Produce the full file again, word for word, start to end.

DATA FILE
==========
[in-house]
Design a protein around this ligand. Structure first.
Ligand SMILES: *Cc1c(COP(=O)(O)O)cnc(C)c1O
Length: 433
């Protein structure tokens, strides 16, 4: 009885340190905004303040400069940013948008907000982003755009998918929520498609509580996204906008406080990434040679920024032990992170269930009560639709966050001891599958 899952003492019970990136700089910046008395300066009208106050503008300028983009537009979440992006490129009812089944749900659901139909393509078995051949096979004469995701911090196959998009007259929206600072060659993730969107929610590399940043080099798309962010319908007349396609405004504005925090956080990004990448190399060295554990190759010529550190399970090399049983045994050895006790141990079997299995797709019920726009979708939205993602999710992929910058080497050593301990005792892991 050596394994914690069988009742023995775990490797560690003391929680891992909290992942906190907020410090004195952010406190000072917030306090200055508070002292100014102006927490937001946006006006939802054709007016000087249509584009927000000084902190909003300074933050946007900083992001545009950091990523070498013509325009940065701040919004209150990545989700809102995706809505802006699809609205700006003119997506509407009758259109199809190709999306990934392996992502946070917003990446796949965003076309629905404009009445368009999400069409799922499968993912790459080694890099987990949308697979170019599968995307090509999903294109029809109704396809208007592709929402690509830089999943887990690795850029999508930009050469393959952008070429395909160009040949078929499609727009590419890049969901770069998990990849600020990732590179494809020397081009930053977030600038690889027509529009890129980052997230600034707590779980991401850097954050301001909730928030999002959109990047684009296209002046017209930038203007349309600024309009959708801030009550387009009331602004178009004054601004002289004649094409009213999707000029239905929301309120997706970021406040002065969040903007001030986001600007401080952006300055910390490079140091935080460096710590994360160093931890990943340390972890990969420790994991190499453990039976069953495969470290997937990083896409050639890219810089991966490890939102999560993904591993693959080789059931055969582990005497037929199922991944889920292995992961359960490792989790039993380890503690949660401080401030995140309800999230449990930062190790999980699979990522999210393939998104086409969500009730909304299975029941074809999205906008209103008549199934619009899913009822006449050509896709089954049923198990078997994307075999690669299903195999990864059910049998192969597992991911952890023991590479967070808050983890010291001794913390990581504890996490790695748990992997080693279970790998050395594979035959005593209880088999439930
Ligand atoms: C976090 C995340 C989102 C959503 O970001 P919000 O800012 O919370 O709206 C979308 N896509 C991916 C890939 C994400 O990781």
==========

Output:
[in-house]
Design a protein around this ligand. Structure first.
Ligand SMILES: *Cc1c(COP(=O)(O)O)cnc(C)c1O
Length: 433
């Protein structure tokens, strides 16, 4: 009885340190905004303040400069940013948008907000982003755009998918929520498609509580996204906008406080990434040679920024032990992170269930009560639709966050001891599958 899952003492019970990136700089910046008395300066009208106050503008300028983009537009979440992006490129009812089944749900659901139909393509078995051949096979004469995701911090196959998009007259929206600072060659993730969107929610590399940043080099798309962010319908007349396609405004504005925090956080990004990448190399060295554990190759010529550190399970090399049983045994050895006790141990079997299995797709019920726009979708939205993602999710992929910058080497050593301990005792892991 050596394994914690069988009742023995775990490797560690003391929680891992909290992942906190907020410090004195952010406190000072917030306090200055508070002292100014102006927490937001946006006006939802054709007016000087249509584009927000000084902190909003300074933050946007900083992001545009950091990523070498013509325009940065701040919004209150990545989700809102995706809505802006699809609205700006003119997506509407009758259109199809190709999306990934392996992502946070917003990446796949965003076309629905404009009445368009999400069409799922499968993912790459080694890099987990949308697979170019599968995307090509999903294109029809109704396809208007592709929402690509830089999943887990690795850029999508930009050469393959952008070429395909160009040949078929499609727009590419890049969901770069998990990849600020990732590179494809020397081009930053977030600038690889027509529009890129980052997230600034707590779980991401850097954050301001909730928030999002959109990047684009296209002046017209930038203007349309600024309009959708801030009550387009009331602004178009004054601004002289004649094409009213999707000029239905929301309120997706970021406040002065969040903007001030986001600007401080952006300055910390490079140091935080460096710590994360160093931890990943340390972890990969420790994991190499453990039976069953495969470290997937990083896409050639890219810089991966490890939102999560993904591993693959080789059931055969582990005497037929199922991944889920292995992961359960490792989790039993380890503690949660401080401030995140309800999230449990930062190790999980699979990522999210393939998104086409969500009730909304299975029941074809999205906008209103008549199934619009899913009822006449050509896709089954049923198990078997994307075999690669299903195999990864059910049998192969597992991911952890023991590479967070808050983890010291001794913390990581504890996490790695748990992997080693279970790998050395594979035959005593209880088999439930
Ligand atoms: C976090 C995340 C989102 C959503 O970001 P919000 O800012 O919370 O709206 C979308 N896509 C991916 C890939 C994400 O990781």